This was in 2009, around the time Athill was reaching new heights of popularity with her memoir about aging, Somewhere Towards the End, which won the Costa Prize and the National Books Critics Circle Award for Autobiography. I’d picked up her previous book Yesterday Morning at a used book sale at my university a couple of months earlier. I ran a bath, lowered myself into the hot water, and began to read. I usually can’t stand more than about 10 minutes in the tub. The water is never quite the right temperature. At first I get too hot, then I feel clammy. It’s hard to find a comfortable position: my neck rests crookedly against the rim of the tub, my arms become tired of holding up the book. So then I have to hold it up with one hand and let the other arm rest in the water. When I switch hands every five minutes, I have to carefully dry the hand and forearm that were just in the water before they can hold up the book. I inevitably lose my patience and get the hell out of there. I don’t remember how much I read of Yesterday Morning that day in the tub, but I know that I’d never had such a long bath, and that I finished the book later that day.

Diana Athill’s writing is warm, straightforward, natural, enveloping. A blanketing comfort for a sore heart, a fuzzy head, or a worn out body. Yesterday Morning opens with a short introduction in which Athill talks — and I use this verb on purpose because when Athill writes it really is more as if she is simply talking to you –about her mother’s death at 96, when Athill herself was in her 70s. Then Athill dips into a longer middle section where she unravels memories of her childhood, spent largely in her grandparent’s estate in Norfolk. It’s a gloriously English, upper-class childhood, full of berry picking, game hunting, and horseback riding. Naturally, all this sounds charming; the book eventually delves more deeply into the family relationships, and finds its emotional cornerstone when Athill deals with her parents’ (mostly unhappy) marriage. Here, especially, in the pages where Athill discusses, with shrewdness and clarity, the sexuality of her own parents, their discomfort with each other, her mother’s affair with one of her husband’s fellow officers, the pain and guilt inflicted on the family, Athill’s skill as a writer of feelings is on full display. She is incisive without coming off as mean or angry, clear without being flat.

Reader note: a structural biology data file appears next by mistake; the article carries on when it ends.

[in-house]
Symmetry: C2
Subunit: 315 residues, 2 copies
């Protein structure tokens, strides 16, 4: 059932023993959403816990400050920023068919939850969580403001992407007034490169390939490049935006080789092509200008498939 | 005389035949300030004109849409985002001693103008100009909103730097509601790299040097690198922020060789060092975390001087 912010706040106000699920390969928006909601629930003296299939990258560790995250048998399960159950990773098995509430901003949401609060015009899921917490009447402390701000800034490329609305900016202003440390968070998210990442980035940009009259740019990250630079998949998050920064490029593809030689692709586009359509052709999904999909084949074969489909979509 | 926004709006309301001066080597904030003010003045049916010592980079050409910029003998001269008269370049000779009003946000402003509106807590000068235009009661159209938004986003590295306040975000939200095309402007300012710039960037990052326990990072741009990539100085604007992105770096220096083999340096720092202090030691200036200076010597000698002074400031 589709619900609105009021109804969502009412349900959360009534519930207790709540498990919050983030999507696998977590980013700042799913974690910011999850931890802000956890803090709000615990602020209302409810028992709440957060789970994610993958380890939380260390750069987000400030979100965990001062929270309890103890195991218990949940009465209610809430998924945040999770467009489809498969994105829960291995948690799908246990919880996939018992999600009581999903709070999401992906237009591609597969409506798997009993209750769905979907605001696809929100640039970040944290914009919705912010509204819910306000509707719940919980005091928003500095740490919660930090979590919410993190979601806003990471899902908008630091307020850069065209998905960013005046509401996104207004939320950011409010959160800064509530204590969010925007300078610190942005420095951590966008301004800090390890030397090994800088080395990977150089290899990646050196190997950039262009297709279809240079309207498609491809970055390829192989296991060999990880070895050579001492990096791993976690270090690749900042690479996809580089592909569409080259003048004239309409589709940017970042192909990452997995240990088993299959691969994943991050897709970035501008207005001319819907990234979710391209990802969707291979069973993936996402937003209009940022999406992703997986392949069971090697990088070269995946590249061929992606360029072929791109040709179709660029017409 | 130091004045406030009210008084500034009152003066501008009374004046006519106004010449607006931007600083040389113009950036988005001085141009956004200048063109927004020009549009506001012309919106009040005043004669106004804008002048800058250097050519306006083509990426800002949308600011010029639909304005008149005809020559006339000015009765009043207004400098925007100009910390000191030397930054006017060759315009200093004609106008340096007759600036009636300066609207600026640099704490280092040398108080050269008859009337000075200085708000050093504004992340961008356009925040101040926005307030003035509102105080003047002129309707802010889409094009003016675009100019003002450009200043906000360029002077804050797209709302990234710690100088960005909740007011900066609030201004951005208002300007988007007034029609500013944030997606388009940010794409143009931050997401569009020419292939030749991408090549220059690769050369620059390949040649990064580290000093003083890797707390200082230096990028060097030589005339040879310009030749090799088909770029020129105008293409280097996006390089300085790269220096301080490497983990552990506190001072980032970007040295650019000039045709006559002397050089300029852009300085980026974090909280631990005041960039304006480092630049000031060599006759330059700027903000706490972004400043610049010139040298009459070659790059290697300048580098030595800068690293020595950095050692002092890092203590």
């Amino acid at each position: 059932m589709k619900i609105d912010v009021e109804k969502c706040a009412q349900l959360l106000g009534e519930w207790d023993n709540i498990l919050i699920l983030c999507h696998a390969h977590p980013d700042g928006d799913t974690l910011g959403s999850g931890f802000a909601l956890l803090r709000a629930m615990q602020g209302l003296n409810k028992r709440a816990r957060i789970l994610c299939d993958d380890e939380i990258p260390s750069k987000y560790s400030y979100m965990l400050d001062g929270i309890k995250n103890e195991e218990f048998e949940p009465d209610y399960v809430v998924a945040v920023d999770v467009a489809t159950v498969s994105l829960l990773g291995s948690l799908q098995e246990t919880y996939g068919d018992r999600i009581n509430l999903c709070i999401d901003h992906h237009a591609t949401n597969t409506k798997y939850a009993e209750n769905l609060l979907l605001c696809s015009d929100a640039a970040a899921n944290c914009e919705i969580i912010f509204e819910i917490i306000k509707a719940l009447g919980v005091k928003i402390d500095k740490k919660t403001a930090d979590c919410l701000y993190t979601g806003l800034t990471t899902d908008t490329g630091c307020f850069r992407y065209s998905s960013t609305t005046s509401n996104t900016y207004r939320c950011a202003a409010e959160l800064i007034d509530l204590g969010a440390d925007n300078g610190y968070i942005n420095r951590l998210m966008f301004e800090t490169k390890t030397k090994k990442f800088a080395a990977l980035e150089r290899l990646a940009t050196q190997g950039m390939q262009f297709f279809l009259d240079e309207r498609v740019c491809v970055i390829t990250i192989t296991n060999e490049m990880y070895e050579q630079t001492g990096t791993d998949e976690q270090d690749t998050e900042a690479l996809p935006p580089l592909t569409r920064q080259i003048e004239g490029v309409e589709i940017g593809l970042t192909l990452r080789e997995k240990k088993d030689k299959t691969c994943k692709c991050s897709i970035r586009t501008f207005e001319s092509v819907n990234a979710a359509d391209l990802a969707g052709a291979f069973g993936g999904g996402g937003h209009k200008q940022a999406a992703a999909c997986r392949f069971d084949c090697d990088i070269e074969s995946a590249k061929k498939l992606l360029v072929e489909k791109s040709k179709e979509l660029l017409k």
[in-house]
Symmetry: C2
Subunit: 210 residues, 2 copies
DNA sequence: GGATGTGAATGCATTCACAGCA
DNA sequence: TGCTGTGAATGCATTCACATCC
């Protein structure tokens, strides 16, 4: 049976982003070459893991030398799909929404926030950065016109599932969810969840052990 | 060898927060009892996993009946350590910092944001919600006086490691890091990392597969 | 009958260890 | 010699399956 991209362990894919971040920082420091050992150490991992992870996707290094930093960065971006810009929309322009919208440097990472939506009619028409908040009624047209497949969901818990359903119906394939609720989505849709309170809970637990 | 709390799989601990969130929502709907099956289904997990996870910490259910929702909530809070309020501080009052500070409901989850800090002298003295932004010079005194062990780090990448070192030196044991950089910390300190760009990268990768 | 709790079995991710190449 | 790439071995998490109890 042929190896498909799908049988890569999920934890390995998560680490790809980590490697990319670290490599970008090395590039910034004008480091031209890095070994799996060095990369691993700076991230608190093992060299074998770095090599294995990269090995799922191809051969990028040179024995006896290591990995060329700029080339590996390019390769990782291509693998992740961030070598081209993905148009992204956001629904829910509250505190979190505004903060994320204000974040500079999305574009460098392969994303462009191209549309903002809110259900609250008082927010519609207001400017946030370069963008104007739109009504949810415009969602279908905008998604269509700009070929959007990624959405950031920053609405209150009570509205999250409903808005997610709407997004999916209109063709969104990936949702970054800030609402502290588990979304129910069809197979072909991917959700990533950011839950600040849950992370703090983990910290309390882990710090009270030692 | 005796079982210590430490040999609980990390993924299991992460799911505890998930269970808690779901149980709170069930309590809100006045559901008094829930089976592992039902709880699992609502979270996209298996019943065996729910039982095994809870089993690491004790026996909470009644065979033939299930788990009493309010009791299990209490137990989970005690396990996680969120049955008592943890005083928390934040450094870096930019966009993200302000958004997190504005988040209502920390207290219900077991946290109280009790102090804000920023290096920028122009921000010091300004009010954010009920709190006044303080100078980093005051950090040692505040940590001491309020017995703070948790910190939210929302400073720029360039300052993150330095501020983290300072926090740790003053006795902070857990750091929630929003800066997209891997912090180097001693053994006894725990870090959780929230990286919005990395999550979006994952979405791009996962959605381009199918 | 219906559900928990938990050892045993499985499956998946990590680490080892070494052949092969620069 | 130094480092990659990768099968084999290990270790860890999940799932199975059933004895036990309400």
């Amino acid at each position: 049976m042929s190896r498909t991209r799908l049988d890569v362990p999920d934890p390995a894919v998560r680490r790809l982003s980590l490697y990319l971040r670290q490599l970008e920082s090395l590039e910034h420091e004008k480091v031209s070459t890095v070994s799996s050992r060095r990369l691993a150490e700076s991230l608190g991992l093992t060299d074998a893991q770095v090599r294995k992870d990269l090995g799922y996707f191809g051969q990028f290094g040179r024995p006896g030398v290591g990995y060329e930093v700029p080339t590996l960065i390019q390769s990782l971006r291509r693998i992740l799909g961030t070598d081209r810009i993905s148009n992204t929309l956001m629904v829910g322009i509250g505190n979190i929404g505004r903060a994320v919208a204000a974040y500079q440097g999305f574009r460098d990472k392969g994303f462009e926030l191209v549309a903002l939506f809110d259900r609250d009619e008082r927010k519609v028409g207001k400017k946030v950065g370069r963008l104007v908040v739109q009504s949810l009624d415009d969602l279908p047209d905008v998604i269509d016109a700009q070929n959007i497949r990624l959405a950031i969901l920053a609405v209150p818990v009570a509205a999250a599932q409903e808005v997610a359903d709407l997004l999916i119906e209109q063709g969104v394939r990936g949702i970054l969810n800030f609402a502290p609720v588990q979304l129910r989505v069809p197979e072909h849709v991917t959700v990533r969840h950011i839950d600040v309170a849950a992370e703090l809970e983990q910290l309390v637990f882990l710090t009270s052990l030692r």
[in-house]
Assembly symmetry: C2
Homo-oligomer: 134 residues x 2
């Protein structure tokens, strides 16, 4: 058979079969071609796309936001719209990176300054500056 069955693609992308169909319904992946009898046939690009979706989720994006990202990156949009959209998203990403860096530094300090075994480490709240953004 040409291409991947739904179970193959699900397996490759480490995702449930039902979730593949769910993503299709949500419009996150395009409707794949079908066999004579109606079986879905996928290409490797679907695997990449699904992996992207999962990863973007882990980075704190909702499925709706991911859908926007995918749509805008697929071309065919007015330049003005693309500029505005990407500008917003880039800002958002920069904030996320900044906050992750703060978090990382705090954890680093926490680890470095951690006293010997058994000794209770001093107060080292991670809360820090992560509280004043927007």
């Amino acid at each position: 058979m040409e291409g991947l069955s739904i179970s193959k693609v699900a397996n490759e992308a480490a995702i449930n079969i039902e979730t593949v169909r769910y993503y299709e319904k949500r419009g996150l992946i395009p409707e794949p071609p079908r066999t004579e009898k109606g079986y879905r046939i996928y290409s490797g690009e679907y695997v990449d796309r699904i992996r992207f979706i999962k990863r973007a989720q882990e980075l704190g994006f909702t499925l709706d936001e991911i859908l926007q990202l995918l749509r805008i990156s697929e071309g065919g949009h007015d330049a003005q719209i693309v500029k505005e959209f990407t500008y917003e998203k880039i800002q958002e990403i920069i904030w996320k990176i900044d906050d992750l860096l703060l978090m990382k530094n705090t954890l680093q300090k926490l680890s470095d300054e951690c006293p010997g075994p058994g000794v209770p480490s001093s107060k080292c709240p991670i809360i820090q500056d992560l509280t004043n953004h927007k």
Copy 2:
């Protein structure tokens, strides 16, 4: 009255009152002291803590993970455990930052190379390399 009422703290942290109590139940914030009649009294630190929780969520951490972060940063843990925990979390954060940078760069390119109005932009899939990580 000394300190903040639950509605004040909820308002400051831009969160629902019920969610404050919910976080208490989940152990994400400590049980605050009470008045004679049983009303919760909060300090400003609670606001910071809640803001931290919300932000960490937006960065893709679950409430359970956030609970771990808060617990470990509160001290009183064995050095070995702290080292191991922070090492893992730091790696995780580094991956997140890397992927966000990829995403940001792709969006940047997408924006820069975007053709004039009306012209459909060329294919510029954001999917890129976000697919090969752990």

I went on to read most of the other books Athill wrote during her long life. I started with Somewhere Towards the End and then moved my way down the list as I picked up the volumes in bookshops here and there. One of the surprising pleasures of Athill’s writing is that there is a certain amount of overlap from book to book. Like the ramblings of the elderly, which in some ways many of these books are, Athill inevitably ends up repeating herself. But in fact the repetition only makes her work more candid; I feel that I know her better because of it. It’s a pleasure to recognize the same people and anecdotes as they rear their familiar heads from book to book, reminding us that we are in fact peering into someone’s whole life.

Around the time I started reading Athill, I assumed she had begun writing in her 80s, when she published her memoir Stet about her career of five decades as an editor for André Deutsch, and that she then kept going, telling her life story with new volumes of memoir. The editor turned writer — it was a neat idea. But Athill’s first book, and still one of her best, was Instead of a Letter, written in 1963, which detailed her relationship with an RAF pilot with whom she was engaged during the war. The pilot in question eventually stopped writing altogether, then wrote one last time asking her to release him from their engagement because he was going to marry someone else, and finally was killed in action. The traumatic event was foundational to Athill’s sense of self-worth, and to her love life.  Instead of a Letter recounts the development of this relationship, Athill’s years at Oxford, the abrupt end, the absence of closure, her heartbreak, and how she managed to rebuild herself and find love again. The book is also in some ways a call that would be answered 40 years later by Yesterday Morning, which ends where Instead of a Letter leaves off.

Athill herself has said that it was this book, Instead of a Letter, that made her feel for the first time that she was a writer, when she came home from work and her story simply poured out of her a few pages at a time each evening. In fact she had started writing even earlier than that. Her first breakthrough came when she won The Observer’s short story competition in 1958, with a story she submitted under the pseudonym of Mr. Watt. Other stories and a handful of books, including a novel, followed, sporadically over the decades. Many of her short stories were republished by Persephone Books in 2011 in a delightful little book titled Midsummer Night at the Workhouse.